If these high risk viruses are absent then the presence of ASCUS does not indicate cervical cancer, however if they exist then further tests are conducted to be sure.
The cells, Squamous intraepithelial lesion in the result indicate that these cells are precancerous.
However, there is not much to worry yet. If the characteristics, shape and size wise changes of the cells indicate that it is a low grade change in the precancerous lesion then it is likely that the cancer is a few years away from developing.
Hence, the patient benefits from their early stage detection. However, if the change is high grade then unfortunately, the cancer might develop earlier in a few years and more testing would be required for further diagnosis.
As the name suggests, Atypical glandular cells secrete mucus and grow between cervix and uterus. These cells come more in the unclear category rather than abnormal because even though they are slightly abnormal, further tests are needed to see if they are even precancerous and cancerous.
The most certain form of cancerous cells in the cervix would be Squamous cell cancer and adenocarcinoma cells.
The squamous cancer cells will be found in the flat surfaces of the vagina and cervix and the adenocarcinoma cells are found in the mucus. These are so apparently abnormal that a doctor would mostly without any doubt send the patient to further examination.
If there is still uncertainty regarding the test results or there is an assurance of abnormal cells, the doctor may recommend you to get the colposcopy and biopsy.
The colposcopy uses a colposcope to insert a speculum in the vagina.
The colposcope magnifies the tissues around the cervix for a better view and if found cancerous,the doctor will take a tissue sample,which is the biopsy, so that the doctor can check tissues around the cervix clearly and send that sample for further tests.
When Should You Stop Getting the Pap Smear
The Pap Smear is recommended to most people in the age group of 21 to 65.
It is possible to stop taking the Pap test after the age of 65 because if you have kept with a routine checkup and have always been normal then you no longer need to worry about it.
The Pap Smear test only applies to women with a cervix.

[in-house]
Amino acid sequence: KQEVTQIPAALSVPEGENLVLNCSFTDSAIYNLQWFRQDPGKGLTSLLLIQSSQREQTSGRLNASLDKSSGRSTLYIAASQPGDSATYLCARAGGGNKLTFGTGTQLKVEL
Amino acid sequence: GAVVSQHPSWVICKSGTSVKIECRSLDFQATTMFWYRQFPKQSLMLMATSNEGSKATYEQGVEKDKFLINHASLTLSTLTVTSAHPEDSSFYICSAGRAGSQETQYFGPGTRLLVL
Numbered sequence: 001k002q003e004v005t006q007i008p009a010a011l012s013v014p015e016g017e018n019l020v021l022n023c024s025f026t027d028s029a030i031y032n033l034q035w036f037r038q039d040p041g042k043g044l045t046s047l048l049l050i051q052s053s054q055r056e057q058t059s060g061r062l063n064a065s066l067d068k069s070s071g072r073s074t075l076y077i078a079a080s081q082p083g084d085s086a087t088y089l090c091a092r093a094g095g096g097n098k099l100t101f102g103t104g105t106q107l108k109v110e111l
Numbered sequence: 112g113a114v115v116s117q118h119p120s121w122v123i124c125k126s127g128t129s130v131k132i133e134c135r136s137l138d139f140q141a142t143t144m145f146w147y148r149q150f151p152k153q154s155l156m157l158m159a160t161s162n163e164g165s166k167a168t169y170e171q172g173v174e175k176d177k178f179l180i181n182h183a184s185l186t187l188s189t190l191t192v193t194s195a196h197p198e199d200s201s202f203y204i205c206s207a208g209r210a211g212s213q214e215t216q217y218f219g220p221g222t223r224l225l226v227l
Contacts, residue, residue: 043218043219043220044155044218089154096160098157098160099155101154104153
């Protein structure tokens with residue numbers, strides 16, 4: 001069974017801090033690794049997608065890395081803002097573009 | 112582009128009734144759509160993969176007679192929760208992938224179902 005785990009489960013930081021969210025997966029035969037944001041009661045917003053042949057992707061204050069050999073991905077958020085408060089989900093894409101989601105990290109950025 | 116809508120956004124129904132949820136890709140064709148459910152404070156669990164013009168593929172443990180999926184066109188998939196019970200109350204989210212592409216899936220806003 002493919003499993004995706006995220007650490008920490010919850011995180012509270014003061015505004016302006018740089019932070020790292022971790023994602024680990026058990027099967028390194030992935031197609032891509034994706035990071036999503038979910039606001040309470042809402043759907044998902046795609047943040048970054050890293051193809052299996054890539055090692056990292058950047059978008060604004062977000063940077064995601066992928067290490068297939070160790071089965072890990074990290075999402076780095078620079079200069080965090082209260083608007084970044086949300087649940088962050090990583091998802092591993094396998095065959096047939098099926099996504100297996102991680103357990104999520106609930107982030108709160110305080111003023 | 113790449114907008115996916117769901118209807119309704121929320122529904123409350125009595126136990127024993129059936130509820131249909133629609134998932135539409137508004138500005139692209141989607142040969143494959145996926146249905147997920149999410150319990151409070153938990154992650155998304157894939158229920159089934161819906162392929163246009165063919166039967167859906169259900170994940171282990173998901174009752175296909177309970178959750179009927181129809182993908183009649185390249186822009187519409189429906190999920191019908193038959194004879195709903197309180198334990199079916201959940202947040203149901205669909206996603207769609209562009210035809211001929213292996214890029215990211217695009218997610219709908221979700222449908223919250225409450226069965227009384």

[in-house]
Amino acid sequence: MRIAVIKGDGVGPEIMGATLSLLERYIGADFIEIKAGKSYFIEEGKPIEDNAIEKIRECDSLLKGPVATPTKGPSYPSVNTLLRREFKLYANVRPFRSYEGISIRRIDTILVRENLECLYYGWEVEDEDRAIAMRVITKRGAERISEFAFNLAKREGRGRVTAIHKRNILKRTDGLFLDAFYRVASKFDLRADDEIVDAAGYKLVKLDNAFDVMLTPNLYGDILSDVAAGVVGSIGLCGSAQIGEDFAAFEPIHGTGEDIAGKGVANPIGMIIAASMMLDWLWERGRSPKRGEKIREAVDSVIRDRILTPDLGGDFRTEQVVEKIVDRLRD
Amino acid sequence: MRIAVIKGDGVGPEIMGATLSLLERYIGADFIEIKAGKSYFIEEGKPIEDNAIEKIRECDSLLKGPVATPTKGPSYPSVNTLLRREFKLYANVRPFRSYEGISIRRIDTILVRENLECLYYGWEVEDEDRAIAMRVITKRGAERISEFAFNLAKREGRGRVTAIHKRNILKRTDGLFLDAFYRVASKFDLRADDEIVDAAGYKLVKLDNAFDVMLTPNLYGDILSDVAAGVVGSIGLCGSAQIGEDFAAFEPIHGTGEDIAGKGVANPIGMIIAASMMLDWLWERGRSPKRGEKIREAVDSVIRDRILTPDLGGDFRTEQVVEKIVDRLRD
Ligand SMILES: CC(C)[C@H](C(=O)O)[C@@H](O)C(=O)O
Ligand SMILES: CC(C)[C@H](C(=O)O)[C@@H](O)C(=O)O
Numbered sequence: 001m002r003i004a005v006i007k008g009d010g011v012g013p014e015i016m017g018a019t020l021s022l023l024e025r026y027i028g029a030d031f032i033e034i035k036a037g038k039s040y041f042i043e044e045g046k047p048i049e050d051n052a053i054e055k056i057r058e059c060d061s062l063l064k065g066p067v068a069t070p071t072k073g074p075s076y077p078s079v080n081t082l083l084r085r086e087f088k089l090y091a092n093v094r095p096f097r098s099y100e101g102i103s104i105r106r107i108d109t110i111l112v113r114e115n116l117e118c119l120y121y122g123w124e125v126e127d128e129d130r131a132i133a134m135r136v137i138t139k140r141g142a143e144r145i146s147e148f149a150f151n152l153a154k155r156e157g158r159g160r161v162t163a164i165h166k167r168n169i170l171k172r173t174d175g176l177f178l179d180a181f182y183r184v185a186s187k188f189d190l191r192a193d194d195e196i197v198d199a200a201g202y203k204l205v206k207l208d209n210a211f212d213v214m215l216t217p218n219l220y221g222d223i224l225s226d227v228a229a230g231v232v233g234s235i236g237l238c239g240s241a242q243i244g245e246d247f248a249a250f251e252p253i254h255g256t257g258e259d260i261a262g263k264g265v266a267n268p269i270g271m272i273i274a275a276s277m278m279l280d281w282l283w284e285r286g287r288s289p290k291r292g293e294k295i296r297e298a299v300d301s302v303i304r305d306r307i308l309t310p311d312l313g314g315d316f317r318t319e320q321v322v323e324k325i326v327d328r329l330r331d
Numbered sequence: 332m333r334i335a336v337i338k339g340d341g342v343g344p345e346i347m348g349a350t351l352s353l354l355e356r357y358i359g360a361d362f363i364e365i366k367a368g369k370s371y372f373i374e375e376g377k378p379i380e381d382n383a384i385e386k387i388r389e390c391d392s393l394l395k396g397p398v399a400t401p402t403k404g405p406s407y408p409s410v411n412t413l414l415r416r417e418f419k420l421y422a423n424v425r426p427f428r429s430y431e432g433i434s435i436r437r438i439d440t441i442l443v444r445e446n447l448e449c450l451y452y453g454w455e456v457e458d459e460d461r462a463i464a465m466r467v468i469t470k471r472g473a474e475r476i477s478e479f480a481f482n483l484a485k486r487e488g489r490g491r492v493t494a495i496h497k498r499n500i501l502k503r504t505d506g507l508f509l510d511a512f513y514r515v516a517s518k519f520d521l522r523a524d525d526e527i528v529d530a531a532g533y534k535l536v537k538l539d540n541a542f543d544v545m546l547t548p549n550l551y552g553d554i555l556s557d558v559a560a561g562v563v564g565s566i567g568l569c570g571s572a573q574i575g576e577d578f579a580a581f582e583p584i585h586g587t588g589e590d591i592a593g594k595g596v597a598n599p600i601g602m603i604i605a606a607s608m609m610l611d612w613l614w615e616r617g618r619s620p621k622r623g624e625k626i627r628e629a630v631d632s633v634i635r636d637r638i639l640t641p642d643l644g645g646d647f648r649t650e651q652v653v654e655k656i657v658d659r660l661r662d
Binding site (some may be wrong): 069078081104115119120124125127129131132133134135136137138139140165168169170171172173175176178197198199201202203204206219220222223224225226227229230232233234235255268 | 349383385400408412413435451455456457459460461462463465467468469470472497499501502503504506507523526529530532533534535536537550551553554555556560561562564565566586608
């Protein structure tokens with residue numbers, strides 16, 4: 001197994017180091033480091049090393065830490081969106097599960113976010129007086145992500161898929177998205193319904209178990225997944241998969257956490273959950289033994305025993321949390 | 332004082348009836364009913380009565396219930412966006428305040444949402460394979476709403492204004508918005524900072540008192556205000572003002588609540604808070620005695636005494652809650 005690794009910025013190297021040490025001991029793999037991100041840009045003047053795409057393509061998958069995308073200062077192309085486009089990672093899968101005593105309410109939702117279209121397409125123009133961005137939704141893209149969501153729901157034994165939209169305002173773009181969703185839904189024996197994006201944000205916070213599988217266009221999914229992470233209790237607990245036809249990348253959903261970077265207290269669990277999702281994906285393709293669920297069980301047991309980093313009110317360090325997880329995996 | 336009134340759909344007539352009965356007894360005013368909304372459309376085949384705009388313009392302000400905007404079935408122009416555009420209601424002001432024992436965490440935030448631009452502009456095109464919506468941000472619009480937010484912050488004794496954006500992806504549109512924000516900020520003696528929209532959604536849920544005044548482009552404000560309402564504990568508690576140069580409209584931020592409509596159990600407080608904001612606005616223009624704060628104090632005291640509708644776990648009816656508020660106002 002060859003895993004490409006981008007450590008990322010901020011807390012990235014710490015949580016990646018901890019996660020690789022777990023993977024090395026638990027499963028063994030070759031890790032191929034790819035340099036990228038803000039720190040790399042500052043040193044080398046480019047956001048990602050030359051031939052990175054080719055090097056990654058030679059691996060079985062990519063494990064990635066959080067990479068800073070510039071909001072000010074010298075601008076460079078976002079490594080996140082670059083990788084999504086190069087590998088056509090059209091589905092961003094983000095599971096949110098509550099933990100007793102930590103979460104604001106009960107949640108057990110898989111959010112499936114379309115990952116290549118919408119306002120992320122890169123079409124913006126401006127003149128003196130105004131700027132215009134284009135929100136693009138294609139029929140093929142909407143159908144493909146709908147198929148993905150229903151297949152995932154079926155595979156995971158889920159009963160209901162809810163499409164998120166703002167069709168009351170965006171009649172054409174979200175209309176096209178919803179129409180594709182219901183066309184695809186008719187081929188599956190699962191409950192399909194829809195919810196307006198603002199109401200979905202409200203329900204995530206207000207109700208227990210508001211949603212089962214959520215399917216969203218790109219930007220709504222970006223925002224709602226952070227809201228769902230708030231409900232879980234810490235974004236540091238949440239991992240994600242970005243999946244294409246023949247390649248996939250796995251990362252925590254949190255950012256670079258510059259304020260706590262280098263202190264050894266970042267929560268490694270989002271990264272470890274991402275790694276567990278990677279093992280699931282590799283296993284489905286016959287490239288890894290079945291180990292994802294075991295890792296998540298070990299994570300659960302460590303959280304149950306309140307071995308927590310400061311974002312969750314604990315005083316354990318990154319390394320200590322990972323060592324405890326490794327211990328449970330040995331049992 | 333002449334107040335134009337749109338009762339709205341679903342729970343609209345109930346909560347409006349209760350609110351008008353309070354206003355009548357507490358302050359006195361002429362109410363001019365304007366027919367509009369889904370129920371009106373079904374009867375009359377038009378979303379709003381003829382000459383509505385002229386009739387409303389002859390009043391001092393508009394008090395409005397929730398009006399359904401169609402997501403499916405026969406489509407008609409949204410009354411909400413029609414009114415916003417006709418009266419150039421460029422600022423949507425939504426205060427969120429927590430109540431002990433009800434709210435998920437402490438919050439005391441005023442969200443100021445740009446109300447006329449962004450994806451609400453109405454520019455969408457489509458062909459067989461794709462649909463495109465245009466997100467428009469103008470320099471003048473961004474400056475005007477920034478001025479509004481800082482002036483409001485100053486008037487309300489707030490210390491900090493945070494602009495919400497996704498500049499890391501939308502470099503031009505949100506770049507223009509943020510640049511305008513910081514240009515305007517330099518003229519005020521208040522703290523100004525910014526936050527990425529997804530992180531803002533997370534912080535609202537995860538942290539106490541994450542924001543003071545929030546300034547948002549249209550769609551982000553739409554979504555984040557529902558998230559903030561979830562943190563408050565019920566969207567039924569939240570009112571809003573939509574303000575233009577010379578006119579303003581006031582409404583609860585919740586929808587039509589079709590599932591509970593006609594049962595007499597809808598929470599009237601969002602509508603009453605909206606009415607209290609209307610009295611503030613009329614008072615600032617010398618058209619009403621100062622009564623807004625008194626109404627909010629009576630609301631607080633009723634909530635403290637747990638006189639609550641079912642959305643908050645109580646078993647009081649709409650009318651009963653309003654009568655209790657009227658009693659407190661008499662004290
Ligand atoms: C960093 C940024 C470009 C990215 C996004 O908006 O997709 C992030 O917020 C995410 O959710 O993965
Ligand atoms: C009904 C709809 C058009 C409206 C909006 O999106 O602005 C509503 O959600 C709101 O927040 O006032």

In case, you have had a hysterectomy and have removed your cervix, as long as your previous Pap Smear results came negative, you no longer need to worry about getting cervical cancer.
It is always good to be careful if there is a history of cancer in the family along with immunity issues.
Risks of Pap Smear
Pap smear is an accurate test. In fact frequent testing reduces cervical cancer by up to 80 percent.
However, it is likely that it can sometimes miss some abnormal precancerous and cancerous cells. Your doctor will be fully aware of this and may recommend further tests for the confirmation of cervical cancer.
There will be a very slight pain during the test and at most it can lead to cramping. Therefore,it is a very bearable test.
Like every other test, there is a chance of error and there can be a false negative.
This does not mean that there has been a mistake by the lab but that there can be a lesser number of abnormal cells in the sample. Or an insufficient number of total cervical cells sampled as well as inflammation leading to inflammatory cells hindering the way to the abnormal cells.
Even if the chances of this happening are low, it is better to be regular with your Pap Smear.
Sexually inactive people have this misconception that they don’t need to be tested.
It is better to have tests regularly between 3 to 5 years to be on the safe side.
HPV virus for instance, can remain dormant for many years and then surge immediately.
So cancer, caught soon diagnosed cancer is most effectively treated.
If you have been sexually active with many partners then it is undeniable that you should definitely get a Pap Smear.
Sexually active women are at a risk of contracting either the HPV virus or the cervical cancer. So you should get the Pap test every 3 years.
It is better to be careful because cervical cancer links with HPV virus. Moreover use any barrier method to prevent sexually transmitted infections.
The Pap smear wraps up in a few minutes but it helps save your life and protect you from a greater turmoil.
If you have never had a Pap Smear do not delay it now. If it has been long since you last got a Pap test, you should hurry for one.
Pap Smear is an essential check for all women, put your health first!